Everything you need to know about courses, event formatting, and more
September 15, 2016 by Alex Colucci in News with 0 comments
There’s already been a lot of discussion surrounding the two upcoming events this weekend in Vermont, the Green Mountain Championship and the Disc Golf Pro Tour Championship. And not much of it has been about the upcoming on-course action.
Between Bradley Williams being suspended; Paul McBeth initially stating he was going to sit out PDGA non-Majors, then deciding to play; and the Pro Tour finale being unsanctioned, it’s been a busy few days. Has there ever been a weekend of big time professional tournaments with this much going on in the weeks prior? I have no idea, but there is disc golf to be played, so let’s preview the action in store over the next four days.
The Schedule, Tournaments And Courses
Four jam-packed days of disc golf await all ye disc golf fans. Here’s the schedule for the Green Mountain Championship, which follows a familiar event format that we’re all used to: three rounds to determine the winner, at two courses, Brewster Ridge and Fox Run.
Round 1 of the GMC has already begun at Brewster Ridge, with live coverage starting today at roughly 2:00 p.m. local time.
That schedule remains the same for Friday’s second round, which will play at Fox Run. At its conclusion the pro fields will be split into A and B pools, and Saturday will then see a shotgun start for the third and final round, beginning at 8:00 a.m. Round 3 will find the A pool playing Brewster Ridge, while the B pool again plays Fox Run.
For those on site Friday, Nate Doss and Valarie Jenkins’ collaboration beer Stable IPA—brewed specifically for this event in collaboration with Fiddlehead Brewery—will be available. Save one for me.
Once the GMC’s final round is in the books, the top 48 men and top 12 women in DGPT points will advance to the DGPT Championship, where all three rounds of the elimination event will be held at the Fox Run course.
The quarterfinals of the Tour Championship begin at 1:30pm on Saturday. In this round, the players in positions 48 through 9 on the MPO side take to the course in groups of four. The top eight players in tour points get a bye in the quarterfinals and await the top eight scorers of this Saturday afternoon round in the semifinals.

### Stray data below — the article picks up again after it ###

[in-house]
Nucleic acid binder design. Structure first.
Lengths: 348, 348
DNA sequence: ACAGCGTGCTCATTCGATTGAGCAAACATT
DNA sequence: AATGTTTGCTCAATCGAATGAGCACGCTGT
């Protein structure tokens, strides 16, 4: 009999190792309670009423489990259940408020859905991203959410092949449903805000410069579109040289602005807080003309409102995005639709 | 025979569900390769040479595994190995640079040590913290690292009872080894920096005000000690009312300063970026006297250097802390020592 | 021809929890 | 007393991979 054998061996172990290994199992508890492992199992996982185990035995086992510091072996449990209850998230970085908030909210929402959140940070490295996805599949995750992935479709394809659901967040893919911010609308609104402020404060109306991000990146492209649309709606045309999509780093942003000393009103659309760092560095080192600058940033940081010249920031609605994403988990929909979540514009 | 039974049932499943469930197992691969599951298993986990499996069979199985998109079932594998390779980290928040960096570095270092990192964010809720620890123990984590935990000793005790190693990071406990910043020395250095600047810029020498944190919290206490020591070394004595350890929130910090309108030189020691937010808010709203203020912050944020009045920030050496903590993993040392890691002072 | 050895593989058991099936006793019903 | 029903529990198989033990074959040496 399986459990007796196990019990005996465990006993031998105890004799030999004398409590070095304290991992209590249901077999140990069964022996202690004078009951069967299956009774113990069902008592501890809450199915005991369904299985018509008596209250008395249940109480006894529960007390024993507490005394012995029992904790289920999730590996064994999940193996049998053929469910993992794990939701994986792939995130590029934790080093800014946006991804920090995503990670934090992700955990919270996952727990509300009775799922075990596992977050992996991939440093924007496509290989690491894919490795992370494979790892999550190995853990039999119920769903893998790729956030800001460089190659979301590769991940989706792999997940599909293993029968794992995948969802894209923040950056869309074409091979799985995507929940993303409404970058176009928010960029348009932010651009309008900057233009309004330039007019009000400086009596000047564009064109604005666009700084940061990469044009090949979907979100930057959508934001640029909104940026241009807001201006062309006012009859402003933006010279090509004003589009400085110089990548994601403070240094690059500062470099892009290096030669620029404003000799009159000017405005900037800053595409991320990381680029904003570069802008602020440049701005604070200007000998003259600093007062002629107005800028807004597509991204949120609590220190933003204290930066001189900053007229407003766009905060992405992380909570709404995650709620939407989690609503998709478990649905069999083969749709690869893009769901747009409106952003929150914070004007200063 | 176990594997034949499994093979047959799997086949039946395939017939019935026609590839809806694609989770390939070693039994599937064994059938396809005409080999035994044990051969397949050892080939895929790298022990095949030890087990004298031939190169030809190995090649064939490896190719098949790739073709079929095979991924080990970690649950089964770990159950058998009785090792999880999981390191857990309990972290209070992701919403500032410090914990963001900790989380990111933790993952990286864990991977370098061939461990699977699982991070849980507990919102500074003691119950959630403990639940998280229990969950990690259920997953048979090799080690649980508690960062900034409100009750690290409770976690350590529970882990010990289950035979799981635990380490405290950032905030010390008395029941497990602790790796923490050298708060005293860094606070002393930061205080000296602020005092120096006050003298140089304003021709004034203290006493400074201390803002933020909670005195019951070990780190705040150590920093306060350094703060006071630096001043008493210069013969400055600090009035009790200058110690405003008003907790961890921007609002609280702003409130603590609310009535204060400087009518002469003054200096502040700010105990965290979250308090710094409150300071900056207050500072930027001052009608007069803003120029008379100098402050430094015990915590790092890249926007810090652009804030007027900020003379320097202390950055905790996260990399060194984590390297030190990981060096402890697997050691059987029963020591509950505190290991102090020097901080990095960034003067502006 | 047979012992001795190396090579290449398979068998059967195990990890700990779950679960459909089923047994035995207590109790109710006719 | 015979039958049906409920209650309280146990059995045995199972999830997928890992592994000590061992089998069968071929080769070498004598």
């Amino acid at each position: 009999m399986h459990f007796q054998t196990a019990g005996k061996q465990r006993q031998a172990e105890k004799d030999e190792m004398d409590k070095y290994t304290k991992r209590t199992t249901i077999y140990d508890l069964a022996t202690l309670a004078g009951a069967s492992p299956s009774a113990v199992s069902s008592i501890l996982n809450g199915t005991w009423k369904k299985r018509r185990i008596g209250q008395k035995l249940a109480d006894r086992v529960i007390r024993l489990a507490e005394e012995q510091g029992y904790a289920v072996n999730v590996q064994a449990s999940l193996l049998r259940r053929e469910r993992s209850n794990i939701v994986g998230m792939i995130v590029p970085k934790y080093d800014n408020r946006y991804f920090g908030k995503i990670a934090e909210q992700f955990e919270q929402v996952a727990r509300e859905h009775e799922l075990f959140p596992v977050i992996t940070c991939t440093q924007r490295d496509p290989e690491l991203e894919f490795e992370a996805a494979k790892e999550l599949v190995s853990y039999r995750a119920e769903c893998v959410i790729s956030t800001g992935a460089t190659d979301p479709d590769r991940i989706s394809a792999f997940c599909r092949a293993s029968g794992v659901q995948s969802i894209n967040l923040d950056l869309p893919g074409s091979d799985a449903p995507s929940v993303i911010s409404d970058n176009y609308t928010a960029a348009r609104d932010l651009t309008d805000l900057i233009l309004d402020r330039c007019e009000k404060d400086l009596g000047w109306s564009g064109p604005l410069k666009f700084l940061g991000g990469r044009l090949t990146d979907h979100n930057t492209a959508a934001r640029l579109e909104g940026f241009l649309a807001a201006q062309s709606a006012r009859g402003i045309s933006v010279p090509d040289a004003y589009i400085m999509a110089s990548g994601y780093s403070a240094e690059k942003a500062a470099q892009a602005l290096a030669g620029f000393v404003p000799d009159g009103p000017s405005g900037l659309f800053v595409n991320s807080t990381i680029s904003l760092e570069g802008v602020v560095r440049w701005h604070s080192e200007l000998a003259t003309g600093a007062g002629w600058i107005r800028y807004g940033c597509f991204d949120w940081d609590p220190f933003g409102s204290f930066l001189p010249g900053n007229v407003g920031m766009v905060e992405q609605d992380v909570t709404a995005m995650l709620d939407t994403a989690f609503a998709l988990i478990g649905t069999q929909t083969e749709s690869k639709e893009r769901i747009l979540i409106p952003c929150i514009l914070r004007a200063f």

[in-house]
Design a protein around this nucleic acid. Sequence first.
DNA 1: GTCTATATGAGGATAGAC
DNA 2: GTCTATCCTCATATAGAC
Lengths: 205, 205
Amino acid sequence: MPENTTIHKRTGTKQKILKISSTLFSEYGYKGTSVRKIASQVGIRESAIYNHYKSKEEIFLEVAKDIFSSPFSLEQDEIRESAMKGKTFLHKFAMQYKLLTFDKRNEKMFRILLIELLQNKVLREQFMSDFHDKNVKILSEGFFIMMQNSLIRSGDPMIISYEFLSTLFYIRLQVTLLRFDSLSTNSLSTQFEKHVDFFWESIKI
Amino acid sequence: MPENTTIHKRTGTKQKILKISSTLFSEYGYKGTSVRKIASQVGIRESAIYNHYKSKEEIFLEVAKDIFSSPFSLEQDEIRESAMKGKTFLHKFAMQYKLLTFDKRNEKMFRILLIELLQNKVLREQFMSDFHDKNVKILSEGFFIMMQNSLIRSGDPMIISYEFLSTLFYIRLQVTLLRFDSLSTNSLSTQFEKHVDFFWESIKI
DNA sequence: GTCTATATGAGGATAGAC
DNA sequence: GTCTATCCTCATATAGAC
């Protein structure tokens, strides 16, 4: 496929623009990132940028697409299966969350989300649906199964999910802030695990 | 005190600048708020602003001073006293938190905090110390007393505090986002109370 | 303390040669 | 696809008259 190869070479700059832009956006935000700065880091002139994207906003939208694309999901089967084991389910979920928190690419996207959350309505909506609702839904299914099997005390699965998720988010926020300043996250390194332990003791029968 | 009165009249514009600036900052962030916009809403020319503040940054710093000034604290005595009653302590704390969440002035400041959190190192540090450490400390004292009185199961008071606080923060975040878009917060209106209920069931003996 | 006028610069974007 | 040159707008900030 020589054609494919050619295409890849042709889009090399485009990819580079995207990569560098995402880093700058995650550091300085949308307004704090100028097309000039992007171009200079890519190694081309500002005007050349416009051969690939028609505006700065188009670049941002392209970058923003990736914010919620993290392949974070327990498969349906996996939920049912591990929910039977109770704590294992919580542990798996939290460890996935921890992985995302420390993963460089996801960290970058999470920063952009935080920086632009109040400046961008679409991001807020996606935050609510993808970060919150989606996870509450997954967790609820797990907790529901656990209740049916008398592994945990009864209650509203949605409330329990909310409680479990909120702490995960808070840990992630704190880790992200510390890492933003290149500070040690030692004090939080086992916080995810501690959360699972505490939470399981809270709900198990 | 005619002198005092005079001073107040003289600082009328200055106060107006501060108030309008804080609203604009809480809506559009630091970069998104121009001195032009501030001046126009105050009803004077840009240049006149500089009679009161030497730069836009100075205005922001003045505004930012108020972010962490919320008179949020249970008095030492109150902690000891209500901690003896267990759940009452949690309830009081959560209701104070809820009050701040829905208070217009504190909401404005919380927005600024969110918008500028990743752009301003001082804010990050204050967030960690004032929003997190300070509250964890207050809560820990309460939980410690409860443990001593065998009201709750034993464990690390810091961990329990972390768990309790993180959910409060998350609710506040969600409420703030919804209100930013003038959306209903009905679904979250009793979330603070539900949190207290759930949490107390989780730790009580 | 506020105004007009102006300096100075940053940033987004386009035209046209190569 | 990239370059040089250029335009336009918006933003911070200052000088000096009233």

Sunday morning brings the semifinals, the bracket format for which can be viewed here. With the top 12 women, and top eight men – plus the eight high scorers from the quarterfinals seeded and distributed accordingly to their specific cards – competitors begin what is effectively a four-way stroke play playoff round. The winner of each card will advance to the finals, while the best score from a player who did not win their card will receive a fifth spot in the finals as a wildcard.
The finals see the men’s and women’s fields distilled down to the last five competitors in a showdown to see who can card the hottest round and win $10,000. As the Pro Tour says, “everyone playing in the finals is guaranteed a minimum payday of $2,000. There is no reason to look behind you and play it safe to secure 2nd or 3rd.” This could lead to players taking some risks to stay in contention and push for the win.
Should there be any ties throughout, here is your explanation on tiebreakers.
Green Mountain Championship
At the GMC, competitors will play two rounds at Brewster Ridge and one at Fox Run. The two courses play a bit differently, so I’d say that’s a plus. As spectators, we should appreciate the variety.
Brewster Ridge plays a bit more heavily wooded and shorter than does Fox Run, which plays long—over 9,000-feet—in and out of some trees and a meadow, with the addition of a pond and tall grass hazards. Needless to say, not only are these courses great to look at—they’re in a picturesque part of the United States—but they should complement each other well for high-end tournament play.
This is easily the largest pro field the GMC, now in its fourth year of existence, has seen. This means it’s the first time a lot of the touring pros we’re used to seeing have competed here.
Ricky Wysocki has won the past three GMCs—there hasn’t been another winner in MPO here. Oh yeah, and he’s the current world champion, too. He’s probably the one to beat.
Nate Doss doesn’t just show up at this tournament to brew beer. He’s finished second to Wysocki twice. I wouldn’t be surprised to see him in it for the win.
Paul McBeth is always a favorite to win wherever he is. But he’s never competed here before, hasn’t had the best season by the awfully high bar he sets, and didn’t win last week. It’s been a bit hard to predict his success this season, but one thing is for sure: he’s always close to the front.
Paul Ulibarri is coming off a win last week and had a quality third place finish in this event last year.